|Homo Erectus - evolutionary dead end?|
It is generally agreed that we have evolved to maximize our
contribution to the gene pool. Ignoring creationism for the moment, this truth
is self evident, if you consider that animals (or strictly the genes which they
carry) that were not good at contributing to the gene pool would obviously die
out in favor of those which were.
In 1492AD, each species on the planet, and each race of humans was uniquely and
tremendously adapted to their environment. Then the Americas were colonised.
Since then, mass migration and technology have changed our environment faster
than our genetic ability to adapt to that environment.
The fact that 'we ourselves' caused the change is irrelevant. Yeast fungi
'chooses' to produce the alcohol which eventually poisons it in the
fermentation process. Not all changes are in the genetic interests of the
entity that changed them.
Nor is this to say that the population has not exploded due to these new
conditions - yeast has not evolved to grow in sterile laboratory test tubes,
but its population grows very quickly in that environment.
So the human species has been thrust into the modern world, but is actually
evolved to something closer to the African savannah, primitive Europe, or
Mankind is an extraordinary creature - weaker than the similar sized animals
around him, much slower than those animals, with very poor defences, no claws for
defence or tree-climbing, teeth which are so far set back in his head as no be
almost useless for fighting, a lack of fur which would see him freeze to
death in a single night in conditions which other animals would thrive, and an
incredibly fragile, and critical, organ on top of his head.
Mankind has been equipped with two things which help him survive (and
therefore reproduce) in a primitive world: dextrous hands, and a logical mind.
These, and these alone set this pathetic, naked and shivering biped apart from
all other animals.
Minds are much like computers, and run programs to tell them what to do. But
man's mind was not programmed to maximize his reproductive potential - it was
merely a enhancement to the brains of the animals it evolved from. And it was
programmed to fill the basic animal needs - water, food, security, shelter,
sex, and social status.
And on the savannah this worked very well. And it adapted well to the cold
of Europe, and into Asia. A
human who had water, food, shelter, sex and social status did genetically
better than humans who didn't have these things.
But man's new cognitive abilities were so powerful that it enabled man not
just to adapt to his environment but to change that very environment. Formal education, television, motor
cars, nine-to-five jobs and international trade weren't on the 1492 agenda.
An animal's mind stuck inside the body of a man might be a plot for a B-rate
sci-fi film, but in a sense all of us have the mind of a primitive in the
lifestyle of a modern man. Our desires have become somewhat divorced from
genetic advantage, and our choices are frequently not those which genetic
success would suggest.
A full belly is a desirable goal for a human on the savannah, but in the modern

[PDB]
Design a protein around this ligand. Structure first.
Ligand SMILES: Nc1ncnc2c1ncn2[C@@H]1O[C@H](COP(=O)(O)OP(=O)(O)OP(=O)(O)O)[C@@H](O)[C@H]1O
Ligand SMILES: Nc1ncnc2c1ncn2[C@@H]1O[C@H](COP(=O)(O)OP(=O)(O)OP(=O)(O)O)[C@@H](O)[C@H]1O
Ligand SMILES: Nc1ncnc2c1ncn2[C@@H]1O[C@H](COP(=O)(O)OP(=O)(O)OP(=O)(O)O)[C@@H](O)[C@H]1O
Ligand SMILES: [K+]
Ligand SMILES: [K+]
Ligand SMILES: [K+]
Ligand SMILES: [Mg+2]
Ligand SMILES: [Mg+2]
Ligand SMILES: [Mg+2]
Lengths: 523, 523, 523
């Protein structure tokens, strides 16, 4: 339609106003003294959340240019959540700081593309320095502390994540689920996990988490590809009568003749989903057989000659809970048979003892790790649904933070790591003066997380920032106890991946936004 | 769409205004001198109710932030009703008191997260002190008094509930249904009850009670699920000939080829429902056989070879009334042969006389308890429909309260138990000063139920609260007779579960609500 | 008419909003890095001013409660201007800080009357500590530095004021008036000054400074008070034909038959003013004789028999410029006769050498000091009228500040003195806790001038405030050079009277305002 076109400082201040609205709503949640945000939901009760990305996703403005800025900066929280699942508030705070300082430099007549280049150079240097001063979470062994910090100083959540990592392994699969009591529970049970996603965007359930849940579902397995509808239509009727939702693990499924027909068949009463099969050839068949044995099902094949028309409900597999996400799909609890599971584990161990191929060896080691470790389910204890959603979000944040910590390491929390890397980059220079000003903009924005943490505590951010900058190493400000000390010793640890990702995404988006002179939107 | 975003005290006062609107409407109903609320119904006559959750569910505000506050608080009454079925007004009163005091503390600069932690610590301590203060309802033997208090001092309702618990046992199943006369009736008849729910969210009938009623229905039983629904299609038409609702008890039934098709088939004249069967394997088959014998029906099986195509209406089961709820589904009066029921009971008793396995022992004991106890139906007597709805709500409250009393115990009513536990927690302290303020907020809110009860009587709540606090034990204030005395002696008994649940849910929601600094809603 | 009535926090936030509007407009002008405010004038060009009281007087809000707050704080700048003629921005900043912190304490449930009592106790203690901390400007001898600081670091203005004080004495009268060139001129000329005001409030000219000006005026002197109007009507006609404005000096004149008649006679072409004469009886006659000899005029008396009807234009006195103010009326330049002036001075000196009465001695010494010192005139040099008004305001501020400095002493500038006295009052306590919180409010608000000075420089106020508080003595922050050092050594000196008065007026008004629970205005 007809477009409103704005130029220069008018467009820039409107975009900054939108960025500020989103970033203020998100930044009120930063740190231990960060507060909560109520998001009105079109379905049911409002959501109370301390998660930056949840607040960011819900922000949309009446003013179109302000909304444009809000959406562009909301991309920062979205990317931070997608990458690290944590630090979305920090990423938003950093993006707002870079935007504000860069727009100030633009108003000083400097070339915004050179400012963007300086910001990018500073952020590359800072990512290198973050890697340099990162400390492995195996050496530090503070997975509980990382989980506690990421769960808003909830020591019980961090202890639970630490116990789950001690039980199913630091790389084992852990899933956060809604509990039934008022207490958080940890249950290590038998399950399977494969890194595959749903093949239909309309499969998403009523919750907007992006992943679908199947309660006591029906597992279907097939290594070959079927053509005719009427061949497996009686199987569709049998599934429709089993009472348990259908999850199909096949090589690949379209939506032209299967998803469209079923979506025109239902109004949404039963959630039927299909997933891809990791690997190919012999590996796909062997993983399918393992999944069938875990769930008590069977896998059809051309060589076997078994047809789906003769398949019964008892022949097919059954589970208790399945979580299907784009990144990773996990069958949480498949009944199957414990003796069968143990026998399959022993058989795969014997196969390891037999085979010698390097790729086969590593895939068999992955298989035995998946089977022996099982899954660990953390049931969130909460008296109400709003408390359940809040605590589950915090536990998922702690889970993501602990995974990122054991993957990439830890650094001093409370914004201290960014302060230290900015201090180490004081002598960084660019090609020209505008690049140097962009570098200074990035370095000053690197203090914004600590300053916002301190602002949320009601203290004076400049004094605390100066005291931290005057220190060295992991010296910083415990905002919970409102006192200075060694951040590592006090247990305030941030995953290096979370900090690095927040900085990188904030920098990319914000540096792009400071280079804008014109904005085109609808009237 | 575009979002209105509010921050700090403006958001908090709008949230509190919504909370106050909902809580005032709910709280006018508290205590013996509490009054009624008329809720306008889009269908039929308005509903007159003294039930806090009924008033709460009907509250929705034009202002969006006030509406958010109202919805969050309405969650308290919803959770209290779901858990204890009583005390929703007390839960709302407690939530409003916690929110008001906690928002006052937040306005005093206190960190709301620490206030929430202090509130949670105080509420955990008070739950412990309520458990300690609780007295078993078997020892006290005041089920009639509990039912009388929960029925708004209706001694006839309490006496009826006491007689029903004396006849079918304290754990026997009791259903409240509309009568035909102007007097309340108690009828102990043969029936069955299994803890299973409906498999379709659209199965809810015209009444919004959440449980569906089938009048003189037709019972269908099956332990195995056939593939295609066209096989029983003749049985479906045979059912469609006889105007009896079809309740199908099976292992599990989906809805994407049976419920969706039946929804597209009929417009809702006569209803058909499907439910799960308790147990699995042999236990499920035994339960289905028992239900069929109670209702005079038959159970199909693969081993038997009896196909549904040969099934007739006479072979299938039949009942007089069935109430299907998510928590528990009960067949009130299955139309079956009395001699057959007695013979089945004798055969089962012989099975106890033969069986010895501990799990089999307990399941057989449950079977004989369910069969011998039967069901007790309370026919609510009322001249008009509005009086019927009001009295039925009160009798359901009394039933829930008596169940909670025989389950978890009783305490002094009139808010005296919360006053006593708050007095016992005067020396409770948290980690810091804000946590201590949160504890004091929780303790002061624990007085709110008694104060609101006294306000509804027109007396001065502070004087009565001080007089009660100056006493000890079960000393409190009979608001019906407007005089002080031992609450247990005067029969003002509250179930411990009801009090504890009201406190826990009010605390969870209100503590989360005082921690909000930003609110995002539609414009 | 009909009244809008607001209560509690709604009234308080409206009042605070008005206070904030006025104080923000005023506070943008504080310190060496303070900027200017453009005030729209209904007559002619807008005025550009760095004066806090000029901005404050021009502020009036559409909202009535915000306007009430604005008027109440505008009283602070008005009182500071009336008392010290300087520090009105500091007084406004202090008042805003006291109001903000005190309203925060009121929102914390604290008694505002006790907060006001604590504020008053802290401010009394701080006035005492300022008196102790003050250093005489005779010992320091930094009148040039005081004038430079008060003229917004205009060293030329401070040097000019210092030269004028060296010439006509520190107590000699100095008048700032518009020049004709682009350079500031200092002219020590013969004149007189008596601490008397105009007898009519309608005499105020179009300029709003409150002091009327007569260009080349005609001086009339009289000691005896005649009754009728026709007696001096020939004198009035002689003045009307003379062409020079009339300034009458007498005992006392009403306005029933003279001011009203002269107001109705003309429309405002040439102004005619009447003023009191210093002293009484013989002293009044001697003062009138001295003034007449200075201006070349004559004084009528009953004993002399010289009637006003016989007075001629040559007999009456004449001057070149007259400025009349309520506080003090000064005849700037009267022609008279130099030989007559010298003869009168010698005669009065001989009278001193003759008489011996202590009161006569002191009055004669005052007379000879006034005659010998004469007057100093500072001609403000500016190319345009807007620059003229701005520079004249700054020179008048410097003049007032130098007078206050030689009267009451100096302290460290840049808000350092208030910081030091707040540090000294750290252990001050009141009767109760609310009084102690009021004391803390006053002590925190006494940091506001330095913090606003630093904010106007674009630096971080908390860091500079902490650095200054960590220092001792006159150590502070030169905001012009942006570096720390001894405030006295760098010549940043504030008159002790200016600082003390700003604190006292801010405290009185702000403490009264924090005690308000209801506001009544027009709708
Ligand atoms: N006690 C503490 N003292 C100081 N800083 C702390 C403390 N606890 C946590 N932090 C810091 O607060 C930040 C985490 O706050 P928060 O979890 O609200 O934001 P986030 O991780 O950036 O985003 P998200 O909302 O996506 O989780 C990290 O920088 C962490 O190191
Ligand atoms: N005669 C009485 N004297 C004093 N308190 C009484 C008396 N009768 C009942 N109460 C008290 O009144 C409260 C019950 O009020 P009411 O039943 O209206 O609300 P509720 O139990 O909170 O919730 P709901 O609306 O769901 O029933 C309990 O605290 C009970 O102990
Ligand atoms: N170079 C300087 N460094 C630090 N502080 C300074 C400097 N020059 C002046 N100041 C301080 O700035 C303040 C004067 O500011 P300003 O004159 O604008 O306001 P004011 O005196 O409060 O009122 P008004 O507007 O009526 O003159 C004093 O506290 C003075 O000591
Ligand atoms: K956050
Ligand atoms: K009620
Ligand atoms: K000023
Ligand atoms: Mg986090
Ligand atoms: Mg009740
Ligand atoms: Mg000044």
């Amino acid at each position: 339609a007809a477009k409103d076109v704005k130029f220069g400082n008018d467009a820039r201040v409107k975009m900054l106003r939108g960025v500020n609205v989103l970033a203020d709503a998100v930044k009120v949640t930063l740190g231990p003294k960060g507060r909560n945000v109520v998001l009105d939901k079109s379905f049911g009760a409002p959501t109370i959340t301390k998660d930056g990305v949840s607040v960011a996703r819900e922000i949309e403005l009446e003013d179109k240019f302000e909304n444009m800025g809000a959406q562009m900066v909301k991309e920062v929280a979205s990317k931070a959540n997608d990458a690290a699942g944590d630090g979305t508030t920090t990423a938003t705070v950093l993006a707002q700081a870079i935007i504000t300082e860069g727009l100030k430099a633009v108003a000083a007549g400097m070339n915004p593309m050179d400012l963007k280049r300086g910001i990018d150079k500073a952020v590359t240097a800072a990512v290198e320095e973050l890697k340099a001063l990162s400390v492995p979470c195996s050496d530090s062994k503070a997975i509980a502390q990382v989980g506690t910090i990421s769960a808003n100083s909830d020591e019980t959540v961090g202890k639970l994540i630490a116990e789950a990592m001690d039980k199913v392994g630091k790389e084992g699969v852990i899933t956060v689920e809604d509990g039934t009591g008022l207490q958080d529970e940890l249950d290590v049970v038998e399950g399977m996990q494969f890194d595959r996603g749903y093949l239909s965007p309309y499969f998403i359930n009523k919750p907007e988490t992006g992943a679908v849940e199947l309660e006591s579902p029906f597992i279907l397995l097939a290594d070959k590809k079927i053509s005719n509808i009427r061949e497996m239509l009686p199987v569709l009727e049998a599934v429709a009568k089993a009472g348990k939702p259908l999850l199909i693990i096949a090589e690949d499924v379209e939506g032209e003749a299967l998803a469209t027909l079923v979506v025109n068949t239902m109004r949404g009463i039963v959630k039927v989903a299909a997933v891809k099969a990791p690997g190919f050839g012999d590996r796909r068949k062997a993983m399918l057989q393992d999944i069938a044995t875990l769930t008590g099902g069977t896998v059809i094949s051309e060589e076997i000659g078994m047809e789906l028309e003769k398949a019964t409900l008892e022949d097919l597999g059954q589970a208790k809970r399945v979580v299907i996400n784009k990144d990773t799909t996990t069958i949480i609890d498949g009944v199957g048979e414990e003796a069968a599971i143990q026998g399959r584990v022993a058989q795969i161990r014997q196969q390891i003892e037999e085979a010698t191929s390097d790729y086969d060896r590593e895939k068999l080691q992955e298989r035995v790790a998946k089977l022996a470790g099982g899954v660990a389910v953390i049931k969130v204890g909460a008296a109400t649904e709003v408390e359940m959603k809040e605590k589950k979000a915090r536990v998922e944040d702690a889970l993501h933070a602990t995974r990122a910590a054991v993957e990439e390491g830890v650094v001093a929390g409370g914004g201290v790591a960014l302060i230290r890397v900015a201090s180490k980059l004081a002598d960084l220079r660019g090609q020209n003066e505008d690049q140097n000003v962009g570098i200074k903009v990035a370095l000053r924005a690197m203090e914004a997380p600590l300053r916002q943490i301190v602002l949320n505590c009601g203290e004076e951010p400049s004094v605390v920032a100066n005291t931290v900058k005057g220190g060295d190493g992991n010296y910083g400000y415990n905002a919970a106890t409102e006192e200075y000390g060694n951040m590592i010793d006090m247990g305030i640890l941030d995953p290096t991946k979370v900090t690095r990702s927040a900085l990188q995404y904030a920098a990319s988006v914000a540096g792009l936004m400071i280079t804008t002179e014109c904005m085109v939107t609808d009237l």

world can lead to obesity, and premature death. A preference for sweet food is
a good thing if the sweetest available thing is ripe fruit, but in an age of
boiled lollies it will rot your teeth, and may make you mal-nourished.
And many of the primitive desires can be satisfied by effectively
'cheating' the system. Two technologies in particular have satisfied sexual
drives - the electric motor and the color photograph (or more recently the
video internet download). Even when sex is with a partner,
contraceptive technologies (and the ability to abort) mean that sexual desires
can be met without increasing genetic success. Frequent sexual activity in the
pre-industrialized time would almost invariably result in having children, but
in the modern age we often observe just the opposite. The swinging bachelor
recognizes that his sexual desires would actually be hindered by the presence
of children, and chooses not to have them.
So man has become equipped with a huge reasoning capacity, which has
evolved because it gave him a genetic advantage in primitive times. But man is
still using that reasoning capacity to meet the the goals which his ancestors
needed to meet in order to survive - goals which may not equate to genetic
success in the modern world. The mind is designed to maximize the
number of descendents, but programmed to find food, shelter, sex and
Just as the yeast changes its environment and poisons itself, so too some
groups seem to be dying out. The population in
poorer parts of the world is still growing exponentially, but the birth rates
in rich western
countries is well below replacement level. This is not because of any lack of
freedom to fulfill their
genetic function, but precisely because they do have the freedom to make their
own decisions, and to control their fertility.
Should we care? To answer that would involve a moral judgement about what
people's goals should
be. Libertarians generally avoid making moral judgements (beyond the obligation
to not steal). Some racists and white puritans seem to be very alarmed
about this. Others don't really care.
And what is the future? It depends on the world migration patterns, but the
future does not look white or red - it looks to be a mixture of yellow, black,
and brown, and the poorer the group, the faster they are breeding.
Perhaps we should just bless the poor - for they shall inherit the earth.
Or maybe the common element is not poverty but ignorance, and George Orwell will
be proven correct: Ignorance is strength.
Anyway, it's something for Homo Superior to ponder as you exercise your free will to prune yourself
off the evolutionary tree.